Mr Wells’ cross-examination elicited the following. When Mr Wells came out of his bedroom and saw Mr Ratima holding Mr Williams’ feet, Mr Williams’ feet were on the tiles in the kitchen, but his upper body was on the carpet. Mr Ratima had been at the unit in the afternoon of 23 January 2016 about 3.30pm for a couple of hours. During the evening before Mr Ratima and the appellant arrived, Mr Williams asked Mr Wells to keep the appellant away from him. Mr Wells could not explain the discrepancy in time between his waking up at 5.15am and the ambulance not being called until 12.27pm, when according to his recollection there was only about a half an hour between his first checking on Mr Williams when he got up and calling the ambulance. (In contrast to Mr Wells’ evidence about the timing of his coffee with his neighbour, Mr Wells’ neighbour gave evidence that it was when he woke around 9am or 9.30am on 24 January 2016, Mr Wells came down to see him and they had a coffee.)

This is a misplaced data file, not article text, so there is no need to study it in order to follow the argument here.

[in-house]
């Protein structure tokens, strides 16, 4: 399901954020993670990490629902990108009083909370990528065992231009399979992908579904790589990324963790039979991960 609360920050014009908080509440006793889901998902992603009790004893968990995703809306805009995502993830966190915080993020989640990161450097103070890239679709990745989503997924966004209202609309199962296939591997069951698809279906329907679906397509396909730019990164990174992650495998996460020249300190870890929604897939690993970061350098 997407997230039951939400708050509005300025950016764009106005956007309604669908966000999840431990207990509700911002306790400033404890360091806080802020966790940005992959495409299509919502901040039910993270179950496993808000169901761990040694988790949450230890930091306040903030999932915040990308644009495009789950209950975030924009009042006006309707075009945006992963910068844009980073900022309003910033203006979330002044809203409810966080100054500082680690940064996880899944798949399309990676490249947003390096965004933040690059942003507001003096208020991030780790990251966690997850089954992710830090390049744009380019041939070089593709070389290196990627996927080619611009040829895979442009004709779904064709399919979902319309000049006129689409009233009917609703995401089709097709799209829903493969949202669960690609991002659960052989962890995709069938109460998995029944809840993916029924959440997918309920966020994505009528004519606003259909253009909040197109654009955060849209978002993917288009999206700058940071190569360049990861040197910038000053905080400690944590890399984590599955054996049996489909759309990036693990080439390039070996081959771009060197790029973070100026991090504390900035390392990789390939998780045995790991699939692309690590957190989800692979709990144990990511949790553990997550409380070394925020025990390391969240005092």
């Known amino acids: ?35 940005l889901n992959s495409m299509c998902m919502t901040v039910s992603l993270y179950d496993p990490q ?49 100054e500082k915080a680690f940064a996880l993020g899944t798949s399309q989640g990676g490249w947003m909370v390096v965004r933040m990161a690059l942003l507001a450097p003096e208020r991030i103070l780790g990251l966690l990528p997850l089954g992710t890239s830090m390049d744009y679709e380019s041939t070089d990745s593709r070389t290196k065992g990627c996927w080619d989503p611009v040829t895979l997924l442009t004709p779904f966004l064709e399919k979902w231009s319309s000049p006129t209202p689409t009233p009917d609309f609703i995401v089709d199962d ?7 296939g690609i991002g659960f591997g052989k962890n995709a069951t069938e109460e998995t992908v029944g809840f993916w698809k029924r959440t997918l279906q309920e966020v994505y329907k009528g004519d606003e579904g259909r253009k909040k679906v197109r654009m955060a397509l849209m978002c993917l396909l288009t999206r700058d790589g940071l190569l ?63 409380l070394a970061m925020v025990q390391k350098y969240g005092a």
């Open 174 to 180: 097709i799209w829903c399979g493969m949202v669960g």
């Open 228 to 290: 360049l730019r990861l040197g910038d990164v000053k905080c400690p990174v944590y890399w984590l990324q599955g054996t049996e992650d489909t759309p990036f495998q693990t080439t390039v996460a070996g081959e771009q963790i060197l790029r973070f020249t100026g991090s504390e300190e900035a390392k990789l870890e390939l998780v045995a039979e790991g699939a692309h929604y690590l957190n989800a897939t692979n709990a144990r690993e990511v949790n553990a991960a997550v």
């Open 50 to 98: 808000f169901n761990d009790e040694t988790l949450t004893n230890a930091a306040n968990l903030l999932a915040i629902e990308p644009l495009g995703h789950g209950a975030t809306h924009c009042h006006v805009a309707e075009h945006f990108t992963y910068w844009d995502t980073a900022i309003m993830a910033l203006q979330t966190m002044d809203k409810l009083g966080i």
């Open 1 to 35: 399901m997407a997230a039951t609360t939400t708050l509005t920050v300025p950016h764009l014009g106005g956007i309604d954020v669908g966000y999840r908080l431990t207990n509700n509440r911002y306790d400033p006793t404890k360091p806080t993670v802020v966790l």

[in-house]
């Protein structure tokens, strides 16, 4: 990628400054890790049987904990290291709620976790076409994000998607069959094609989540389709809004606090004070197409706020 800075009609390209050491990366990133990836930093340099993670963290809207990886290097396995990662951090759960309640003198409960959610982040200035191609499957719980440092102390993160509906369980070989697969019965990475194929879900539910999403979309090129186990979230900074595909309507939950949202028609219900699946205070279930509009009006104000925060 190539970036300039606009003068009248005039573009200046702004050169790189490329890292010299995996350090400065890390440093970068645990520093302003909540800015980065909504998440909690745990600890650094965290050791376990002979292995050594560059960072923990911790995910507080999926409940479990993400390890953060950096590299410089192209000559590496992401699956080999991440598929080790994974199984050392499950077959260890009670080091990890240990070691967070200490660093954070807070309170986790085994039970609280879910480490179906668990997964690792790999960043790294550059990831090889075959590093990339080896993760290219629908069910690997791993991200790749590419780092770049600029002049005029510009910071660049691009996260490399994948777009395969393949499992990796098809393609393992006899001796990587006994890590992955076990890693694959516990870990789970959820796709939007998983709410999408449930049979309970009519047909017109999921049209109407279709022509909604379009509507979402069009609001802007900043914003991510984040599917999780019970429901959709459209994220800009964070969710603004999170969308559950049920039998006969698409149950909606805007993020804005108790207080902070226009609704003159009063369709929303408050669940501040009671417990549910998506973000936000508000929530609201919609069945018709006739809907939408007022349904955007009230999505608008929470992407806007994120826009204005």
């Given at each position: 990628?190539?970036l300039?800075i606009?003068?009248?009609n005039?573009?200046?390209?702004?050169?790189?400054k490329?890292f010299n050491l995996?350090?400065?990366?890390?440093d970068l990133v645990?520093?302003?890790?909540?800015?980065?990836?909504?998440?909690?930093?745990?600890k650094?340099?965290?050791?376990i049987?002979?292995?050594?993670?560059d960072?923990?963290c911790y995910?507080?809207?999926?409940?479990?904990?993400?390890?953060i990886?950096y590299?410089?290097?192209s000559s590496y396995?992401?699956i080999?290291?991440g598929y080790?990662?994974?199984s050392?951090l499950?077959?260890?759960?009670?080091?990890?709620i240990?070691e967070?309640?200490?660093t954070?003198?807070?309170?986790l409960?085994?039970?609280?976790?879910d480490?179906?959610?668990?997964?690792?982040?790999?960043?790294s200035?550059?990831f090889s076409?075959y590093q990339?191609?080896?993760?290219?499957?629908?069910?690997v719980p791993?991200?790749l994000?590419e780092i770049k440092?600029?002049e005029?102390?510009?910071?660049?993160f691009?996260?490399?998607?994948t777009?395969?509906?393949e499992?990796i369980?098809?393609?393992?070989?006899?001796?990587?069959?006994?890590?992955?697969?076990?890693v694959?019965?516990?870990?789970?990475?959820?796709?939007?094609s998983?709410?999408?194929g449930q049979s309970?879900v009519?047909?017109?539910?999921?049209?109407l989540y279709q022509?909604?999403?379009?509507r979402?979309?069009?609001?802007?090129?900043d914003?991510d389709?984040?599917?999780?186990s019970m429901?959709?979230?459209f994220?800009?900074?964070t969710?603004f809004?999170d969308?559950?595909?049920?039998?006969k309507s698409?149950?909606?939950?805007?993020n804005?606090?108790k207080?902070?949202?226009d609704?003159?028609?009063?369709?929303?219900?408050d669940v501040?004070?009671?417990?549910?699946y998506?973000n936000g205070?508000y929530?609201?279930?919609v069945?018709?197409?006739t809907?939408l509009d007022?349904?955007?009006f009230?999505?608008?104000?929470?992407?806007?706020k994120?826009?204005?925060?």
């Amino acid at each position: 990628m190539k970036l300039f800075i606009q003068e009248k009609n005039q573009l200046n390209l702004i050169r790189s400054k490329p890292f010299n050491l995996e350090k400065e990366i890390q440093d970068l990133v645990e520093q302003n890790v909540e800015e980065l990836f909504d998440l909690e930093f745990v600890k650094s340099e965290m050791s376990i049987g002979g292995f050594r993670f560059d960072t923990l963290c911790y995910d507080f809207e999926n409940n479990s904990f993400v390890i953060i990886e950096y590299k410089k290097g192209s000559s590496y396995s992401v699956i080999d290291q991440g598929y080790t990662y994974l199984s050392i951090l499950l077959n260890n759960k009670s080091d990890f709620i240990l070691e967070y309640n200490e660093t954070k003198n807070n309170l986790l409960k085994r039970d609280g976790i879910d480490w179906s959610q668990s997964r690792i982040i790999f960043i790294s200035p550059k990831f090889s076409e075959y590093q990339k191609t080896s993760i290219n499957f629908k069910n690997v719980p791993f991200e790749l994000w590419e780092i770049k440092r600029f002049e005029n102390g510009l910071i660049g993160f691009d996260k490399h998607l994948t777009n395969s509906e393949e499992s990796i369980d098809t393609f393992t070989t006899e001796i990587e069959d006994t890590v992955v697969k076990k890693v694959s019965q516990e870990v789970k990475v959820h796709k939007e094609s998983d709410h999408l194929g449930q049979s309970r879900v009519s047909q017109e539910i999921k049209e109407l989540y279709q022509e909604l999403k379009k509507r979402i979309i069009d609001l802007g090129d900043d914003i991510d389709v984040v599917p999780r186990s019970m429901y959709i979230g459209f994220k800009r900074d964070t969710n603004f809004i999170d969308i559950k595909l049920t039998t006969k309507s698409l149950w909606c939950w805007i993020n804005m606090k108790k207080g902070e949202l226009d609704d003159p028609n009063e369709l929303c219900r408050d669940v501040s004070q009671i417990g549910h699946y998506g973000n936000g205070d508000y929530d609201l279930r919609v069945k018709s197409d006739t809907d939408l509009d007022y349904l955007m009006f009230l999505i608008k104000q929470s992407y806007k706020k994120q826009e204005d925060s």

Ms Dawson’s evidence-in-chief was as follows. She had known Mr Williams for about five years and they were close friends. She had known Mr Wells for about six months and organised for Mr Williams to stay at Mr Wells’ unit. She takes a lot of Seroquel and has a bad memory. In the week preceding Mr Williams’ death, Ms Dawson was experiencing difficulties in her relationship with Mr Banfield and was spending time with Mr Williams and temporarily staying at Mr Wells’ unit. On 23 January 2016, Ms Dawson and Mr Williams went swimming at a nearby beach. Mr Ratima was also at the beach with them. Ms Dawson and Mr Williams returned to the unit. She cooked a roast meal. When shown a photograph of the oven that showed the handle of the griller had come away from the door, Ms Dawson observed that it was not like that when she was using the oven. She and Mr Wells ate the roast, but Mr Williams did not join in the meal. Mr Williams was upset at the time, because someone had taken his car that night. Mr Banfield came over after dinner. At some stage Mr Ratima came to the unit with another male and a female, neither of whom Ms Dawson had met before. Ms Dawson was “shoved” into the bedroom by Mr Ratima. She cannot recall where Mr Banfield was, but she recalls that Mr Wells was in the bedroom with her and that the female would not let them out. She heard Mr Williams yelling out “Bro, what was that for?”. She also heard him say “ah” that must have been loud for her to hear it through the door. She thought she was in the bedroom for about 10 or 15 minutes. When she came out of the bedroom, Mr Williams was sitting down on a wooden chair at the table and he was not making much sense and said he was in pain. He fell backwards off the chair and hit the back of his head on the oven. Mr Wells helped him up and brought him to bed. Ms Dawson left with Mr Banfield and said “goodnight” to Mr Williams and he replied “goodnight” to her.